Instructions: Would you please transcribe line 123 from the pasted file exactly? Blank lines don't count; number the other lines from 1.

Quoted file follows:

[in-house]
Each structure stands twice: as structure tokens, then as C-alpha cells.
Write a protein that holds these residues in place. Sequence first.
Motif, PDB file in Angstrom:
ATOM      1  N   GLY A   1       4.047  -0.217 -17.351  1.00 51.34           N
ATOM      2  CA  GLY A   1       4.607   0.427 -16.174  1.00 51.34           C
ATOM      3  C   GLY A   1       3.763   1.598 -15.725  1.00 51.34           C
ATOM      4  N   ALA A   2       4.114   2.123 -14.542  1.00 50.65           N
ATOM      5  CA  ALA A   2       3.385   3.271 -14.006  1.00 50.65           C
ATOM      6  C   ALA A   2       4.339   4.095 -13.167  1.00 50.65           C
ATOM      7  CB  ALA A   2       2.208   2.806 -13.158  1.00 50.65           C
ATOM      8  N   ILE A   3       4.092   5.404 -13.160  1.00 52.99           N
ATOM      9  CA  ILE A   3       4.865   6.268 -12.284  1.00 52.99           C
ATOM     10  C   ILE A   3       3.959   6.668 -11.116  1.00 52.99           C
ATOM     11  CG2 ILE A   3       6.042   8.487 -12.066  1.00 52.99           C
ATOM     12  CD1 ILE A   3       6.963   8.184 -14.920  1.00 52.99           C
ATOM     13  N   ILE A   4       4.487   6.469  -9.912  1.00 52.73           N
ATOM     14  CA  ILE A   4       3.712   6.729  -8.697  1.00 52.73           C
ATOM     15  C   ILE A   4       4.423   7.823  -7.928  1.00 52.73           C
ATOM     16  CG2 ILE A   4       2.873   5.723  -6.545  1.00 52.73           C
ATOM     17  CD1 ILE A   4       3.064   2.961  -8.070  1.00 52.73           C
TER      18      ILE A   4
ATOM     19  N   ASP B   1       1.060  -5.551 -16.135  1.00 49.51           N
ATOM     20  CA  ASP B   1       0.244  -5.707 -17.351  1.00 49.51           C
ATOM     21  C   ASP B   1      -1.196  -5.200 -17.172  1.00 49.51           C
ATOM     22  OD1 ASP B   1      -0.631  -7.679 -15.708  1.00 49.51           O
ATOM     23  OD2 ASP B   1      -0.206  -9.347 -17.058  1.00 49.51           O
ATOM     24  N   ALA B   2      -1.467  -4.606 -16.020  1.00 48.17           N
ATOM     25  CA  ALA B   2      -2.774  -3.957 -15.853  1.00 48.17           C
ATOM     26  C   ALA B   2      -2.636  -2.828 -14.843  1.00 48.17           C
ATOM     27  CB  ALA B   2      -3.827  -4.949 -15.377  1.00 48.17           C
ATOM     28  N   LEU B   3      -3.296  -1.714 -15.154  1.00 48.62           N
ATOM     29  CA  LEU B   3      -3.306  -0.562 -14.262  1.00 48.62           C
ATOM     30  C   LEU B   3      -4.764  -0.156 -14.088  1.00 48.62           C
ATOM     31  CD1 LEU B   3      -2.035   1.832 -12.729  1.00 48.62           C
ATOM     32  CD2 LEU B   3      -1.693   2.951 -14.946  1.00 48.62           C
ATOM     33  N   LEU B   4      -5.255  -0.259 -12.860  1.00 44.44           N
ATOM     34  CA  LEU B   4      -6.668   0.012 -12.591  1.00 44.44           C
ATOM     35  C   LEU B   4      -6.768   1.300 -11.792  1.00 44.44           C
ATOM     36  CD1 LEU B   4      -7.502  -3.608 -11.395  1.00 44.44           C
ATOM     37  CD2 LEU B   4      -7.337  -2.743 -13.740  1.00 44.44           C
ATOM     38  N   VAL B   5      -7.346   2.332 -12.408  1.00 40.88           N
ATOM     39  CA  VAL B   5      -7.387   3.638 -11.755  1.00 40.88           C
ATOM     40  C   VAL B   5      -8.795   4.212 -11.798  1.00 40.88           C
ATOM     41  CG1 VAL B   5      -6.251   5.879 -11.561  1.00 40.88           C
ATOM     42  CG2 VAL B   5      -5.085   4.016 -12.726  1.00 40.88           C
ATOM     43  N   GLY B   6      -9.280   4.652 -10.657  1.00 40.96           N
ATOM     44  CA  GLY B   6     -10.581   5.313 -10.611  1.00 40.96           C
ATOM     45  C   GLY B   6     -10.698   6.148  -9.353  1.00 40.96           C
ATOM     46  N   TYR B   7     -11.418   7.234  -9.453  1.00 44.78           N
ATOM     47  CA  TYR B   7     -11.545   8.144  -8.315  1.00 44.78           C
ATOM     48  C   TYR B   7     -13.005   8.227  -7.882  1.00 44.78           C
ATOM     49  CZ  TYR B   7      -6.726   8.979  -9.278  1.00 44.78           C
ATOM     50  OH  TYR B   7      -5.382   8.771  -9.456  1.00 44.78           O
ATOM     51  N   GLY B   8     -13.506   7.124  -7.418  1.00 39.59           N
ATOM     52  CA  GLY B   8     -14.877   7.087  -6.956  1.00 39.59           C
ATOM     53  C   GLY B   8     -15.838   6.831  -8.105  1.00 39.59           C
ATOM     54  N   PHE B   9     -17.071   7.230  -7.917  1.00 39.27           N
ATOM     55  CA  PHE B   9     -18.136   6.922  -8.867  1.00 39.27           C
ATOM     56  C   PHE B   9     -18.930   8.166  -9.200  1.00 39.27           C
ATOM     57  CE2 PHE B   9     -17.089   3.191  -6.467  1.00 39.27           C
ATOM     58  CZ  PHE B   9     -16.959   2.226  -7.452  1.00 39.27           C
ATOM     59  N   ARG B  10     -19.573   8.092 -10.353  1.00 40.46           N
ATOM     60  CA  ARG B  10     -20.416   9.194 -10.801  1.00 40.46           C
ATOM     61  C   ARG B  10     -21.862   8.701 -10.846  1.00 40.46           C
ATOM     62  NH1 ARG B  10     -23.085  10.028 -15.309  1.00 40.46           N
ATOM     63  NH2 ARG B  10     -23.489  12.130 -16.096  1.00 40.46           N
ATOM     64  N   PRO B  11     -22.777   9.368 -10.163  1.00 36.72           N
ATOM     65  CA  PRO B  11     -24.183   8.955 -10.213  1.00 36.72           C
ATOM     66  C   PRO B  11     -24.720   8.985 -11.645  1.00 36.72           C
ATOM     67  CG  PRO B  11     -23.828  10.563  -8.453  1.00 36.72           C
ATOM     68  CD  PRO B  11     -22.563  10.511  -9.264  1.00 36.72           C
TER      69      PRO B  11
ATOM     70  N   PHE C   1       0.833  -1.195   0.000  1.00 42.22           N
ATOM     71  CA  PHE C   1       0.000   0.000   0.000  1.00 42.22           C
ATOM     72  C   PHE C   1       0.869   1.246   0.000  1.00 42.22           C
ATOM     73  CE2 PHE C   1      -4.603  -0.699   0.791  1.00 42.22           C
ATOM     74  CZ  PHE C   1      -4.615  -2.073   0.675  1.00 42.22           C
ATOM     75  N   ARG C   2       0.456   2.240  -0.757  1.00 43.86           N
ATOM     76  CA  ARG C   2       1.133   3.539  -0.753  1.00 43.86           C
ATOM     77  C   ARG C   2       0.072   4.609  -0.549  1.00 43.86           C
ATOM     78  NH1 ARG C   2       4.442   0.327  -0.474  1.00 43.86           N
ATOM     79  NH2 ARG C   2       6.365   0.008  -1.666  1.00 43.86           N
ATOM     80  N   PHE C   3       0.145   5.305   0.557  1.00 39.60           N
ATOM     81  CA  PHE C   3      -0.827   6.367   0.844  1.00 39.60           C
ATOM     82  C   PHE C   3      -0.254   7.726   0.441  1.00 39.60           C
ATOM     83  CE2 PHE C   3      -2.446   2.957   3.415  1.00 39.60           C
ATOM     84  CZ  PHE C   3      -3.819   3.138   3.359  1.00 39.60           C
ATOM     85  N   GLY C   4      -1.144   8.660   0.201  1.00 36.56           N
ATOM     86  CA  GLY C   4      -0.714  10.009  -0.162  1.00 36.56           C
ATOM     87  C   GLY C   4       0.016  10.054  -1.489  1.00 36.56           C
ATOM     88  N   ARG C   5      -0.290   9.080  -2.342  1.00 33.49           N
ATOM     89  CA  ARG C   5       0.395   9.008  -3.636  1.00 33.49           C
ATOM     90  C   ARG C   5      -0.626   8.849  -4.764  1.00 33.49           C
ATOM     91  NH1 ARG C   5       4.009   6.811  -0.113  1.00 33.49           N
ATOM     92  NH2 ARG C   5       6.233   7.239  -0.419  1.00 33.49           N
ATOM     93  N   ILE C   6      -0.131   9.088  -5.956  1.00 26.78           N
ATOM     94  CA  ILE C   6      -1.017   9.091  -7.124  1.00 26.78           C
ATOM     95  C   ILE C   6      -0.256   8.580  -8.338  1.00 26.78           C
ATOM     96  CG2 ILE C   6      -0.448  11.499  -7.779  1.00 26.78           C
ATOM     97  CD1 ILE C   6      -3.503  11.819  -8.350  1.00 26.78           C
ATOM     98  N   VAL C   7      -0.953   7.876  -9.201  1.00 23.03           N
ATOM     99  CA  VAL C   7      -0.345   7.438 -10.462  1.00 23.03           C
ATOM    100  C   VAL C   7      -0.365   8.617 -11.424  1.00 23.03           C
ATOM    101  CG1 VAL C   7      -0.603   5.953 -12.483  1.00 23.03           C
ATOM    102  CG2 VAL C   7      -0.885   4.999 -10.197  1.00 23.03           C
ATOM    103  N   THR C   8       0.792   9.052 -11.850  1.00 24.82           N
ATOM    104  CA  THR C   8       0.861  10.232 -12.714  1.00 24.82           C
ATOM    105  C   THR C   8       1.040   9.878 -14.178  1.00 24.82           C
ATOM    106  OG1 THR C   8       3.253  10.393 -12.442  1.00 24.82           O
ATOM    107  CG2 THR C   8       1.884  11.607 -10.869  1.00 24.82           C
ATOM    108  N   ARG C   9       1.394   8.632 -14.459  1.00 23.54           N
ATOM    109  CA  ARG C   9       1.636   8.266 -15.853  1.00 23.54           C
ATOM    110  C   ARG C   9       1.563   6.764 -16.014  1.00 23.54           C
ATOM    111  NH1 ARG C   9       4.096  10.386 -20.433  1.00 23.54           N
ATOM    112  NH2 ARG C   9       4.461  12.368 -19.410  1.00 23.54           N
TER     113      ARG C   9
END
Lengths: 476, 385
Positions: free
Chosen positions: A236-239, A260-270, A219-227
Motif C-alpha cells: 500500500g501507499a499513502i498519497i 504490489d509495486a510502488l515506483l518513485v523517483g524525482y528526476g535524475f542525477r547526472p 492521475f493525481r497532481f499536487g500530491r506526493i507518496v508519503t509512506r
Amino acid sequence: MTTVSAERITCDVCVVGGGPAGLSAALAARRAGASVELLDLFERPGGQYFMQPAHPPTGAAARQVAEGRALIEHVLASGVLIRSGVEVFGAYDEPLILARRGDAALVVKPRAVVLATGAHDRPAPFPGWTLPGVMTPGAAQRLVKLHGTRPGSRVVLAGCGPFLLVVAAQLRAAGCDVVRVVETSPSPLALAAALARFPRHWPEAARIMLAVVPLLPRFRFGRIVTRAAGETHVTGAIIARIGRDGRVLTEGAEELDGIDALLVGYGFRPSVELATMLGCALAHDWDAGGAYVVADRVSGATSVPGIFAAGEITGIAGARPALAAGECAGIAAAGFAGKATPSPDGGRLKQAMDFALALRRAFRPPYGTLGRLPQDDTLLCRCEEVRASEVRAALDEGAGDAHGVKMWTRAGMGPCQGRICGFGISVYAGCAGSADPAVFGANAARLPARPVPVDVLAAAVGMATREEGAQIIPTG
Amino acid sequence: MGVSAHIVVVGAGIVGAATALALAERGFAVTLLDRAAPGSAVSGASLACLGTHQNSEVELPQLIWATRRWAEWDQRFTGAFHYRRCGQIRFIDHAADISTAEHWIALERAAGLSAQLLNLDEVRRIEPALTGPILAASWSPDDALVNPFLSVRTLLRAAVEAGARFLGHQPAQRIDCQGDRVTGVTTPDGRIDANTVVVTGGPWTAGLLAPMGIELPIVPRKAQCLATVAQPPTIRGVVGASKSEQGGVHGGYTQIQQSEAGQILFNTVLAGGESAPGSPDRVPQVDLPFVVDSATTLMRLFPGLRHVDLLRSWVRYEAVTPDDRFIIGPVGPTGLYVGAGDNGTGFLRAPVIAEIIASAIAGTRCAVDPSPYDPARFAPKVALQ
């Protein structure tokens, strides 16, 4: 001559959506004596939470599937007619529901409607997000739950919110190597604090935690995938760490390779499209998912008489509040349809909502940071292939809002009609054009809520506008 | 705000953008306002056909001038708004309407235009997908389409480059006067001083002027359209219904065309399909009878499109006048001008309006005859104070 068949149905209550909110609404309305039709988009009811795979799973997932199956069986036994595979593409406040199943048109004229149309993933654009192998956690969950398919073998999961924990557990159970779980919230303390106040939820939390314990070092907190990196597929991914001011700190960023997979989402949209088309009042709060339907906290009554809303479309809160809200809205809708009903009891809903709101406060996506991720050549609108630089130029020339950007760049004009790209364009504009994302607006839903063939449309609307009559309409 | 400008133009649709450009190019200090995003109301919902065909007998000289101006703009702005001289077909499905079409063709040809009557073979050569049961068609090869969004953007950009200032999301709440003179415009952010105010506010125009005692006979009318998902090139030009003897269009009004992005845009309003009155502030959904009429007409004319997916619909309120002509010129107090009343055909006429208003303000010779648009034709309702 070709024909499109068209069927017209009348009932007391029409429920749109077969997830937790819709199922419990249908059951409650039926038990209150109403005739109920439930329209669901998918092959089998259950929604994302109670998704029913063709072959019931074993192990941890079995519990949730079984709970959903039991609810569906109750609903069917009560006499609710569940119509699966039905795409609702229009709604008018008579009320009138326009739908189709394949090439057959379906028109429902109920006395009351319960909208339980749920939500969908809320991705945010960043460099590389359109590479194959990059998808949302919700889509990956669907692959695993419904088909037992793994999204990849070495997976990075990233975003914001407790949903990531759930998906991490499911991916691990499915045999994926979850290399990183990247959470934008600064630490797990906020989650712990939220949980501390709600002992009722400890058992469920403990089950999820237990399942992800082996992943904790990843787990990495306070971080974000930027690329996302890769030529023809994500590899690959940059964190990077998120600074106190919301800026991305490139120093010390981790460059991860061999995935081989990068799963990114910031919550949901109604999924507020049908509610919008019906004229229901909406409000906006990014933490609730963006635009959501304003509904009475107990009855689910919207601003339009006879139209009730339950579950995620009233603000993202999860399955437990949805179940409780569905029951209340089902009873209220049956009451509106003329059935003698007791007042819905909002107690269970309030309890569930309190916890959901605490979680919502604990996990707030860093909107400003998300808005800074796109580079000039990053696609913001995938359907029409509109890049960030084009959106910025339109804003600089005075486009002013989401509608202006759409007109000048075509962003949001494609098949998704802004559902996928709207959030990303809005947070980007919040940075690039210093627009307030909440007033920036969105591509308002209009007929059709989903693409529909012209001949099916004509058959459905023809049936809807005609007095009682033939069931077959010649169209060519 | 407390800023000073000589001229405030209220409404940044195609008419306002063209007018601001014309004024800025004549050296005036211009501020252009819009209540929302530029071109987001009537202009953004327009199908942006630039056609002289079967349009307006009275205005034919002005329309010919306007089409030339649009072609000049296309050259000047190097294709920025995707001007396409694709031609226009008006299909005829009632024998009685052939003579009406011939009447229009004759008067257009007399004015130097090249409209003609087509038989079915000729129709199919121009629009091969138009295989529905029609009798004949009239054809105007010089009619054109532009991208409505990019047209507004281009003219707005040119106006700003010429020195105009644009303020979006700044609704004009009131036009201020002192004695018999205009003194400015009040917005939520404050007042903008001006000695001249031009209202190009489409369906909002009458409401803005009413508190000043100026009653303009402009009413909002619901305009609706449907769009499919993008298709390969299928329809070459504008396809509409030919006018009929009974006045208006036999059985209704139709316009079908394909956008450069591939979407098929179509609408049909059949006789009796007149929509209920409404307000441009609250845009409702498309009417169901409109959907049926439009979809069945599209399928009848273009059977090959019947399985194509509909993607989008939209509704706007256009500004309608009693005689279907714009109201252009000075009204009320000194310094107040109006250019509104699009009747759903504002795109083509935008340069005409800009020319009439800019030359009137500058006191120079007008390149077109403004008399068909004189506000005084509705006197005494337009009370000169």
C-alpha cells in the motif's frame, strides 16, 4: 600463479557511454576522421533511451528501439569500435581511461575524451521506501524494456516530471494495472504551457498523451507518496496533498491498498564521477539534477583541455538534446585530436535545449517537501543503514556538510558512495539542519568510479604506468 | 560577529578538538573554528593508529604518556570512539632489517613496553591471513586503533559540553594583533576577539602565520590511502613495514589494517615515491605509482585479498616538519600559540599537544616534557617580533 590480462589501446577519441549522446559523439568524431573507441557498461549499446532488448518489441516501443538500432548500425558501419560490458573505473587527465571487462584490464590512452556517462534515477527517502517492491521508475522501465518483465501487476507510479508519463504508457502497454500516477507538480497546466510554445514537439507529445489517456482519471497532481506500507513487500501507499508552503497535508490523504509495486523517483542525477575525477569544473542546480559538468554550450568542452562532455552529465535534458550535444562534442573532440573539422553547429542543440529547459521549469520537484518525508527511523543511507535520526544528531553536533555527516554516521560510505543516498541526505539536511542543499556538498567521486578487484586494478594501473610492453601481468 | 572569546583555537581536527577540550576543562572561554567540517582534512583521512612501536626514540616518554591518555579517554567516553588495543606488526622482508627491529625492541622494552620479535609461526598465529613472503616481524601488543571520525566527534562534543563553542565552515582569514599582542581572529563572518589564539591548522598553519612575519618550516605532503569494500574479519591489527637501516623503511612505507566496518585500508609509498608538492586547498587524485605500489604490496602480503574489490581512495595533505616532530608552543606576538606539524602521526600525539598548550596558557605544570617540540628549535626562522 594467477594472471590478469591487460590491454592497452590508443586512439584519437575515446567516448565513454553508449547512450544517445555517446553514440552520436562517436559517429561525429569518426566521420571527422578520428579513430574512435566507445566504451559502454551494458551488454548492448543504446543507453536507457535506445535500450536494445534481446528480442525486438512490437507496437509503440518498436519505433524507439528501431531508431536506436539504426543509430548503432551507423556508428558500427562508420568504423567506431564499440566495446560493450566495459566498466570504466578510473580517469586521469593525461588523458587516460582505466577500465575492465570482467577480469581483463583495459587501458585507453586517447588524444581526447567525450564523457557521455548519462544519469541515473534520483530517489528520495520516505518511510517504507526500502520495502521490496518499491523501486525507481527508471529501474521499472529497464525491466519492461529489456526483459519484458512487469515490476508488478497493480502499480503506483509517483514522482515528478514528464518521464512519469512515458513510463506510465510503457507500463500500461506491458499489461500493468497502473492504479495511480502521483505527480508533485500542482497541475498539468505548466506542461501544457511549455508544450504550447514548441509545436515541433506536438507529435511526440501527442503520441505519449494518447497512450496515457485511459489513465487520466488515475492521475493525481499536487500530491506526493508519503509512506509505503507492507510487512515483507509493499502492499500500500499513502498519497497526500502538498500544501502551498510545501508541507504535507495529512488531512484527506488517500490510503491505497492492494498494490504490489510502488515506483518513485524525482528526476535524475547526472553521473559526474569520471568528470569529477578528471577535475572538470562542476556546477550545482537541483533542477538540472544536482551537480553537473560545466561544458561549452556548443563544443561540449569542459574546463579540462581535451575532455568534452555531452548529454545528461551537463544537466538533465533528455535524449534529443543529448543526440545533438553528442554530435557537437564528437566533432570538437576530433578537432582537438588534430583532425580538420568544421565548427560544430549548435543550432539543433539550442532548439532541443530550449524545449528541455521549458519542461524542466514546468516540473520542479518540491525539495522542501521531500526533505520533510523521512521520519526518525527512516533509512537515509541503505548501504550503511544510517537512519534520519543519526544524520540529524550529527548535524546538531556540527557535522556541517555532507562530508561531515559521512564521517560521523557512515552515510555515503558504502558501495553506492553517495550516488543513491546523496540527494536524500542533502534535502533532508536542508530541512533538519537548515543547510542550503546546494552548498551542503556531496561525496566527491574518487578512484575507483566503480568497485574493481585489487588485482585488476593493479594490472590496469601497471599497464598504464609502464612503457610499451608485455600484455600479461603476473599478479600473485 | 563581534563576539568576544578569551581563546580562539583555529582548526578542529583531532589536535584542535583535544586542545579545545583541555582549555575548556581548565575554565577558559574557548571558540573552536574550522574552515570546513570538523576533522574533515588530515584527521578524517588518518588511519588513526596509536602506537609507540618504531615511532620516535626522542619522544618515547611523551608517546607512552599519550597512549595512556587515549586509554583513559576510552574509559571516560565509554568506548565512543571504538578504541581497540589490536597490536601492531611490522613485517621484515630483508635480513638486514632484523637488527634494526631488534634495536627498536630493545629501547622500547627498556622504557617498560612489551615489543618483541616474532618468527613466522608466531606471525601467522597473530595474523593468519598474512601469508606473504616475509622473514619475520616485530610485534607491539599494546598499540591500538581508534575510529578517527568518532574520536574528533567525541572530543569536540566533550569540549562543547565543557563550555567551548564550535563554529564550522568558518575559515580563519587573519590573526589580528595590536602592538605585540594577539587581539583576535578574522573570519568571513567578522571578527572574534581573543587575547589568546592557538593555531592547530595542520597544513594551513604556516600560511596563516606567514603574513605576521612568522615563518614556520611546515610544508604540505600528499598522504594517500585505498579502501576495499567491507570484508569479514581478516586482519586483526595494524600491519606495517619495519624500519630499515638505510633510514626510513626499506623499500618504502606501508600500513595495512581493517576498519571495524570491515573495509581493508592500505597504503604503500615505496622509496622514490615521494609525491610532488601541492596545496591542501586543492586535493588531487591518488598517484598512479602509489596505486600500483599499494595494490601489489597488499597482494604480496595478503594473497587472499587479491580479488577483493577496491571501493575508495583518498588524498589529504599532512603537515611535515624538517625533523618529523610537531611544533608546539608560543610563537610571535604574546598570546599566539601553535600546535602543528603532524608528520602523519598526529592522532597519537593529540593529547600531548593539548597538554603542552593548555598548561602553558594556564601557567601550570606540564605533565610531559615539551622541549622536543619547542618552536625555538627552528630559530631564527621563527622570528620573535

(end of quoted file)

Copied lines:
Amino acid sequence: MTTVSAERITCDVCVVGGGPAGLSAALAARRAGASVELLDLFERPGGQYFMQPAHPPTGAAARQVAEGRALIEHVLASGVLIRSGVEVFGAYDEPLILARRGDAALVVKPRAVVLATGAHDRPAPFPGWTLPGVMTPGAAQRLVKLHGTRPGSRVVLAGCGPFLLVVAAQLRAAGCDVVRVVETSPSPLALAAALARFPRHWPEAARIMLAVVPLLPRFRFGRIVTRAAGETHVTGAIIARIGRDGRVLTEGAEELDGIDALLVGYGFRPSVELATMLGCALAHDWDAGGAYVVADRVSGATSVPGIFAAGEITGIAGARPALAAGECAGIAAAGFAGKATPSPDGGRLKQAMDFALALRRAFRPPYGTLGRLPQDDTLLCRCEEVRASEVRAALDEGAGDAHGVKMWTRAGMGPCQGRICGFGISVYAGCAGSADPAVFGANAARLPARPVPVDVLAAAVGMATREEGAQIIPTG